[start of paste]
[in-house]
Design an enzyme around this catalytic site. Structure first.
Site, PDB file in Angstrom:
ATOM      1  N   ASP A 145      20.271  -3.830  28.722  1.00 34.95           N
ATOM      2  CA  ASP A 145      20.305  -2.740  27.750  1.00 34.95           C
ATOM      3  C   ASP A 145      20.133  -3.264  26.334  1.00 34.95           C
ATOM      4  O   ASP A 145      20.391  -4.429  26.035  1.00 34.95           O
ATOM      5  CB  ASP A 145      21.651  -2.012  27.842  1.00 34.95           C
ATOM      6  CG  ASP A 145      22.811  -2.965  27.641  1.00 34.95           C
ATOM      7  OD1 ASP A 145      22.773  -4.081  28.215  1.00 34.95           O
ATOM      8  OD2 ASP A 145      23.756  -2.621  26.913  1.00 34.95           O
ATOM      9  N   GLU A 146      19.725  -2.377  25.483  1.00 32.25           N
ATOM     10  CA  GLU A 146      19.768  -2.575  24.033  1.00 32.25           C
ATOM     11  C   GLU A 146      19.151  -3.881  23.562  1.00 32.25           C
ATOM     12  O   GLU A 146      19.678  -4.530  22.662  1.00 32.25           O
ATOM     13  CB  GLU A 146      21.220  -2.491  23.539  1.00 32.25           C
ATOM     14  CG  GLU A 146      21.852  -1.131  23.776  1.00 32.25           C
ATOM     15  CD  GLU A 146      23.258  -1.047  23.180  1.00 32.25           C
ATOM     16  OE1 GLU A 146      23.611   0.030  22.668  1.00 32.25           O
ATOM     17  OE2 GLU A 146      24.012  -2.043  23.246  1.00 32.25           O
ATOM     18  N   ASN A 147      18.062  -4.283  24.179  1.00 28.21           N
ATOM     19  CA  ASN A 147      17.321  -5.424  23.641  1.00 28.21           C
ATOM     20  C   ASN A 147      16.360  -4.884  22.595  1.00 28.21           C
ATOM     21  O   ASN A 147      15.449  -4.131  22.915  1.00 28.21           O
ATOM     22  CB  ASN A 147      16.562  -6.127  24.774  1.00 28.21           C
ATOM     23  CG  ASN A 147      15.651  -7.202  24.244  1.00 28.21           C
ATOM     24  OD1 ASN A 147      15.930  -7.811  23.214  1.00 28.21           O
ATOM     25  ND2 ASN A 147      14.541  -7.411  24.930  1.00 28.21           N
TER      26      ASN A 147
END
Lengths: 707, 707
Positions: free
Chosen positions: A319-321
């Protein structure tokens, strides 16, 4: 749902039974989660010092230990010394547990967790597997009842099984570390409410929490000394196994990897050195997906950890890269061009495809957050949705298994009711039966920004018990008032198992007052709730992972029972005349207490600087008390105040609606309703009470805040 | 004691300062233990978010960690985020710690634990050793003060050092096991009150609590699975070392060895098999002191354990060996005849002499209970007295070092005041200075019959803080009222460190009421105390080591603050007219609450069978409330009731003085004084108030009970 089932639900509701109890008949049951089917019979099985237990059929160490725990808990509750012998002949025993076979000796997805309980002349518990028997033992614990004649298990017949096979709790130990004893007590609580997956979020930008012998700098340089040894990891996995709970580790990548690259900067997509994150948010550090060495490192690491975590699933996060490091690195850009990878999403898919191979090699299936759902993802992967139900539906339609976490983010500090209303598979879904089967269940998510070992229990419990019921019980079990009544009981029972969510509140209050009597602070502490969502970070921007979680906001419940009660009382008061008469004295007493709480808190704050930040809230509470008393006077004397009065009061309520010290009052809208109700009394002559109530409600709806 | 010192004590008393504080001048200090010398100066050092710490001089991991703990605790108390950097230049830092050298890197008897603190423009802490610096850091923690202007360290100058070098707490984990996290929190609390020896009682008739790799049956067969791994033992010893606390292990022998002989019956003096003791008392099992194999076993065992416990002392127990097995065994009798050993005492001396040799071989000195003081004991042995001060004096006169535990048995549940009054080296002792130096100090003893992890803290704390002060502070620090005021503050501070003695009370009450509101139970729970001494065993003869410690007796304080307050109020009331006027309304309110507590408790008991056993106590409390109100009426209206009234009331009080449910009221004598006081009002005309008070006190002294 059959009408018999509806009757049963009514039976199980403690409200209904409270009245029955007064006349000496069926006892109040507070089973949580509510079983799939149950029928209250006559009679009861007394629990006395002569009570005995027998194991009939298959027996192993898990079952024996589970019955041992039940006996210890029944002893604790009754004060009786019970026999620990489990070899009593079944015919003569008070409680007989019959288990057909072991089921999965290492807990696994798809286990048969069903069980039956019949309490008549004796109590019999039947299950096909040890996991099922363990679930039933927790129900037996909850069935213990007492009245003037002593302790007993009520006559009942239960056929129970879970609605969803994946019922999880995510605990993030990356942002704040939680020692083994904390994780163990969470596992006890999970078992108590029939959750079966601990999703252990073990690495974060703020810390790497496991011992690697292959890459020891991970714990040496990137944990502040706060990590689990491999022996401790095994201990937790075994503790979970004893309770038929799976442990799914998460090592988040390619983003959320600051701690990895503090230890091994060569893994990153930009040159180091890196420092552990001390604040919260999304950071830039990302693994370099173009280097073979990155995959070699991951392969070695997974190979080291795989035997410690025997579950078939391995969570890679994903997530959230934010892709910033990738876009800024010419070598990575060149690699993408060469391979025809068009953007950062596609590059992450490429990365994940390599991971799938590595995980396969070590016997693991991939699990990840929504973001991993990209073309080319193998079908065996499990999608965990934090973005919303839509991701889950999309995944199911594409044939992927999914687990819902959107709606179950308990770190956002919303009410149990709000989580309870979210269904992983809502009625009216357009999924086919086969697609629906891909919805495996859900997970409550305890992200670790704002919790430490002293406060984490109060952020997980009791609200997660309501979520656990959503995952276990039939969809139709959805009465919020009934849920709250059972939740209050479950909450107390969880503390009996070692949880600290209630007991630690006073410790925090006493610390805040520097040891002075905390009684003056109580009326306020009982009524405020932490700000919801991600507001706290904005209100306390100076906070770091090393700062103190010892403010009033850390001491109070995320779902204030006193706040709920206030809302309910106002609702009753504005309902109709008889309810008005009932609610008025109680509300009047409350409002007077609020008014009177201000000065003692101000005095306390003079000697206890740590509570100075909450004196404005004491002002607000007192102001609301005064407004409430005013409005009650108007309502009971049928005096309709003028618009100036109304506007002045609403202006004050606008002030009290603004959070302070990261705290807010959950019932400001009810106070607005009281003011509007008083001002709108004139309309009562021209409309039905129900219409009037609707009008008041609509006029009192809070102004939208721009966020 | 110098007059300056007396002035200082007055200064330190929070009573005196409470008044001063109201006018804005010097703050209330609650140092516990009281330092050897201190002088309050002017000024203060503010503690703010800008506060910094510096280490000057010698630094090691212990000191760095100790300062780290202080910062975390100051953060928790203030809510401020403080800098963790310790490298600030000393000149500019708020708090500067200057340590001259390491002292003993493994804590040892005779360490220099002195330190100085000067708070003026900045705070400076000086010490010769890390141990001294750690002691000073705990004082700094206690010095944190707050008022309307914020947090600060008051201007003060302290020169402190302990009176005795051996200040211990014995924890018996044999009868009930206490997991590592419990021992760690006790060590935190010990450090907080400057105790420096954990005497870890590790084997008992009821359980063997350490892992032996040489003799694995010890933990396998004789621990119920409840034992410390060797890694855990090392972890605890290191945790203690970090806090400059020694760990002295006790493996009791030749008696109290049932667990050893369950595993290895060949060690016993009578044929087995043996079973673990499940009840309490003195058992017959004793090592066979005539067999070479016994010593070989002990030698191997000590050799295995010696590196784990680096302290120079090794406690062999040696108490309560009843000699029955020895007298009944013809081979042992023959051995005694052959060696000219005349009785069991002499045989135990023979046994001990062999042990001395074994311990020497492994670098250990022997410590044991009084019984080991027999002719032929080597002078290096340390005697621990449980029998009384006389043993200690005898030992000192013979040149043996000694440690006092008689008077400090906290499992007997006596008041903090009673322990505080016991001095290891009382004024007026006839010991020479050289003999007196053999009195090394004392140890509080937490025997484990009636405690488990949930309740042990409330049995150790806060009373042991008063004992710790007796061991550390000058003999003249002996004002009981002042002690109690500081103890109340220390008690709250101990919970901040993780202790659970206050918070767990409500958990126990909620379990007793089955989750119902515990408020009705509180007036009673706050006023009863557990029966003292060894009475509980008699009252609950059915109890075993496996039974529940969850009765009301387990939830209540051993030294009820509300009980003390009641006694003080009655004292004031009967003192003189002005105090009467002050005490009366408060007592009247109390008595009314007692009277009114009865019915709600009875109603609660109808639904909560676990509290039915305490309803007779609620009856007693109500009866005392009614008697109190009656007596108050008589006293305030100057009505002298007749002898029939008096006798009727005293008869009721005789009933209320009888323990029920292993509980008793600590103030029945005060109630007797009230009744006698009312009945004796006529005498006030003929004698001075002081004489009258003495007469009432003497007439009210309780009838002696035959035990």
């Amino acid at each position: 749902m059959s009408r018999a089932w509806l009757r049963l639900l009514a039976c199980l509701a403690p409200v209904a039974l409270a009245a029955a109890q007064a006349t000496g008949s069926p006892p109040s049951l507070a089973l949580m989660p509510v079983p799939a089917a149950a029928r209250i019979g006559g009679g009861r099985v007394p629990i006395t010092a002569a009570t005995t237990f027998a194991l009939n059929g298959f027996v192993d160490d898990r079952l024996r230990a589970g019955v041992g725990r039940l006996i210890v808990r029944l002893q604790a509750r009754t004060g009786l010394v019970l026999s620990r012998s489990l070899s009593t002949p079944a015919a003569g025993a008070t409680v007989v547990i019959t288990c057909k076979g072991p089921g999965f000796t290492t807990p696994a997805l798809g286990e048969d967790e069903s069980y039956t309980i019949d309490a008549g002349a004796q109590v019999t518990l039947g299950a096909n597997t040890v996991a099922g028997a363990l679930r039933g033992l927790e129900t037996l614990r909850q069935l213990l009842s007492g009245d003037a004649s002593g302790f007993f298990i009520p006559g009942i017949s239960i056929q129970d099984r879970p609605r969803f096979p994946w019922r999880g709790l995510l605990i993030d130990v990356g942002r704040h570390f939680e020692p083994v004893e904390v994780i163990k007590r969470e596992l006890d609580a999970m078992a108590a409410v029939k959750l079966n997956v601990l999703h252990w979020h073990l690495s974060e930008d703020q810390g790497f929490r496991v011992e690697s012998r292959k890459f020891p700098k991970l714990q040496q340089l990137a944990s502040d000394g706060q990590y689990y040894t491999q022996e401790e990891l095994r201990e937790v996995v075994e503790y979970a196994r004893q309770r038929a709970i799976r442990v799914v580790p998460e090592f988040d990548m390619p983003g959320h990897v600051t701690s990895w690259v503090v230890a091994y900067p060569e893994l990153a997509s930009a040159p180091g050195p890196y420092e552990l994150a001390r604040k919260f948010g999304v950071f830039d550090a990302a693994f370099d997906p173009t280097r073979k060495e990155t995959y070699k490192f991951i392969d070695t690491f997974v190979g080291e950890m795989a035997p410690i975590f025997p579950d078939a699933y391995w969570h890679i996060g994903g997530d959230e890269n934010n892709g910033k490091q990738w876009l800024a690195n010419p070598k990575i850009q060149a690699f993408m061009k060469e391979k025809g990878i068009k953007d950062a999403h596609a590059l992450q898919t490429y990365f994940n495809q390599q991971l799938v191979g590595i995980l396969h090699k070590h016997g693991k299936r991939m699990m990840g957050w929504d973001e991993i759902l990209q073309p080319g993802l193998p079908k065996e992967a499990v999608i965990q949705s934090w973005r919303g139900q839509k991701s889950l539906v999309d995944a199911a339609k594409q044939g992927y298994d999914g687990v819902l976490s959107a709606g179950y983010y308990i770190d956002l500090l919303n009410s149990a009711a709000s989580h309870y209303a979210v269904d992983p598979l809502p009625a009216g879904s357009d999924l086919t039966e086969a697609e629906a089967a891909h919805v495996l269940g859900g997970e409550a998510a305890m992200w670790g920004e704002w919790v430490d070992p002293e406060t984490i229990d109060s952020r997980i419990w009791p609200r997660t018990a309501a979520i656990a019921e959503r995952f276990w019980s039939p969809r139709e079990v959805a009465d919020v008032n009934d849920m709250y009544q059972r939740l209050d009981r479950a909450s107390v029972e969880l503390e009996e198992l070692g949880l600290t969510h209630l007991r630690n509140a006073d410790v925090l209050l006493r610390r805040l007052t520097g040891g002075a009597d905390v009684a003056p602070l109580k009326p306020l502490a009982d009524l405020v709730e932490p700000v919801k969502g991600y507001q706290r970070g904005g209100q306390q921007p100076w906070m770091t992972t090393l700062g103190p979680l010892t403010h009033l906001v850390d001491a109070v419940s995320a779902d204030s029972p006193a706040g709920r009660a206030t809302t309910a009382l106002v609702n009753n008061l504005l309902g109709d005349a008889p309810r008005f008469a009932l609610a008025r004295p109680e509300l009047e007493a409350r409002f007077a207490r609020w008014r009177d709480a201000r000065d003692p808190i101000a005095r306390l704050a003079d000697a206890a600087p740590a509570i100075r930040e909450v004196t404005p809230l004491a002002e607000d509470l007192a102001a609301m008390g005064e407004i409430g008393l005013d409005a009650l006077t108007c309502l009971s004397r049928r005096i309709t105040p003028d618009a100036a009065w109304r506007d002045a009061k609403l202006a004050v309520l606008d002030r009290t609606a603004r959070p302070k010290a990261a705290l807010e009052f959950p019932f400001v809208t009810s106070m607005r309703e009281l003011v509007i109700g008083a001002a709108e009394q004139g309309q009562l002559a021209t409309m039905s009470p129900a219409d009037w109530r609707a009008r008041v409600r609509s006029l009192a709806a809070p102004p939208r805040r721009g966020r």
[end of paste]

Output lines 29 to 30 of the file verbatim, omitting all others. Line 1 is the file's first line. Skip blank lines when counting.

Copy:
TER      26      ASN A 147
END